In 2019, however, Del Rey released ‘Norman F—ing Rockwell!, an album many people, including me, consider to be her best . Ranked number three on Rolling Stone Magazine’s “The 50 Best Albums of  2019” list, Lana Del Rey’s fifth studio album adopted a completely different type of storytelling when compared to her other works.

The title track of “Norman F—ing Rockwell!” opens with the lyrics “Goddamn, man-child, you f—ed me so good that I almost said, ‘I love you,’” signaling a drastic change from her previous writing. It’s unapologetic from the very beginning, as Del Rey no longer succumbs to putting on a front for anyone. She doesn’t care what anyone else has to say, and she’s finally ready to be honest with herself and her fans. That’s what I love most about this album, as Del Rey looks back at her experiences with a critical eye, yet she never actually regrets any of it. “Norman F—ing Rockwell!” is her way of being honest with her fans as she finally understands and accepts her past and is ready to move forward in a more watchful manner.

Seven years after “Born To Die”, Del Rey knows too much, and has seen too much. She can no longer be that naive girl she once wrote about, as she’s come to terms with the fact that the world truly is a dangerous place. There’s no room for her to live as recklessly as she once did, and on “Norman F—ing Rockwell!”, she  understands this truth.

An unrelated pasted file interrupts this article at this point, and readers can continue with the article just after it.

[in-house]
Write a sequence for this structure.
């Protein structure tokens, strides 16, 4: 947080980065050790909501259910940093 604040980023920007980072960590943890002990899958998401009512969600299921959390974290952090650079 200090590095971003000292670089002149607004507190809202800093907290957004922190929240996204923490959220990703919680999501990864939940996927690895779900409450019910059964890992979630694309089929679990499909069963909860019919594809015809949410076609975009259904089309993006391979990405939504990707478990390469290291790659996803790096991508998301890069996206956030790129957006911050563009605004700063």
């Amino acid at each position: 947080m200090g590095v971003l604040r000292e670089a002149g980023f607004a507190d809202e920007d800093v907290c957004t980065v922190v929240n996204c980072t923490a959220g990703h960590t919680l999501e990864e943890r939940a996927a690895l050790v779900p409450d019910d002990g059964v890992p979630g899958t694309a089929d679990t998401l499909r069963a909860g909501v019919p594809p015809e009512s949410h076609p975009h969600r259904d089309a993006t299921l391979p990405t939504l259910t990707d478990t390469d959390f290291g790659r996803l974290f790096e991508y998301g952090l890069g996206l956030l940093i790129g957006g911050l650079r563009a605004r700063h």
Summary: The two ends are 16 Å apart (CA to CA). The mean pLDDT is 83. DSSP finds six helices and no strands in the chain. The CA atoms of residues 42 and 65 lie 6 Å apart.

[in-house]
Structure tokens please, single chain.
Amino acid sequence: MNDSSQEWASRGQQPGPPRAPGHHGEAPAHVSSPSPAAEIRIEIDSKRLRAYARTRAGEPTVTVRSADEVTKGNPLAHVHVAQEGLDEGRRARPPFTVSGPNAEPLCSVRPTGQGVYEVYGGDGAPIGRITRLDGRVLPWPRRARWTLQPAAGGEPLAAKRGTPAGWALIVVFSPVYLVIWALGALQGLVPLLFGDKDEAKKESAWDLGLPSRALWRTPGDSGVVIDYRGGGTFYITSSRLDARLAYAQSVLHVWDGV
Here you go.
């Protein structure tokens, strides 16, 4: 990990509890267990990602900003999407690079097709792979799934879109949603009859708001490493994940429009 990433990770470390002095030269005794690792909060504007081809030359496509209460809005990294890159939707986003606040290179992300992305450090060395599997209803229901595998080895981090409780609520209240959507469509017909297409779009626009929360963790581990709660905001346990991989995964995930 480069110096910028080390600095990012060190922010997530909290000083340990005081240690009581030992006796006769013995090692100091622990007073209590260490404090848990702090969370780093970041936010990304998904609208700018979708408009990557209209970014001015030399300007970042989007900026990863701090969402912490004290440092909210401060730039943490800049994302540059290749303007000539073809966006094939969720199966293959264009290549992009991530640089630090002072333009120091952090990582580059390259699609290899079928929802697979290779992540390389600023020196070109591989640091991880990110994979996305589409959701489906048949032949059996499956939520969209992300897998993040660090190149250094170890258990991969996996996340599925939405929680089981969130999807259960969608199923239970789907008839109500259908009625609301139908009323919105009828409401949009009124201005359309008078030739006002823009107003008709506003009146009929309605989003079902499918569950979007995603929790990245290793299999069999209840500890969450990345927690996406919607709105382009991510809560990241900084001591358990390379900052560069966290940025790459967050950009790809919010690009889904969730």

While it may not be glaringly obvious to her average listeners, Del Rey’s growth between these albums is apparent  to avid fans such as myself. Detailing her change in attitude and lyricism would take me years, yet just comparing these two albums shows a great deal. “Norman F—ing Rockwell!” is still Lana; she still speaks of death and violence, but it’s her at her most self-reflective.. She’s no longer worrying, as she sings of trying her best and not having “to be stronger than you really are”. Del Rey realized that while she can’t run away from her past, she’s still able to change herself now.

Furthermore, whether it be another persona she has taken on or not, “Norman F—ing Rockwell” beautifully details being a woman. It chronicles setting yourself up for heartbreak, never being taken seriously, and always doubting yourself despite doing all you can do. This record doesn’t speak of appeasing men any longer, they are painted simply as people in her life that exist. She realizes that she can move forward without a man.

Del Rey has her own autonomy and is capable of existing by her lonesome, although it’s not always fun. To her, life is meant to be filled with heartache, sadness and anger. It can’t always be a bed full of roses, and she sings about this avidly on “Norman F—ing Rockwell!”. Lana Del Rey has lived and learned, and with this record, she shares  her knowledge with the world.

Ashviny Kaur can be reached at [email protected]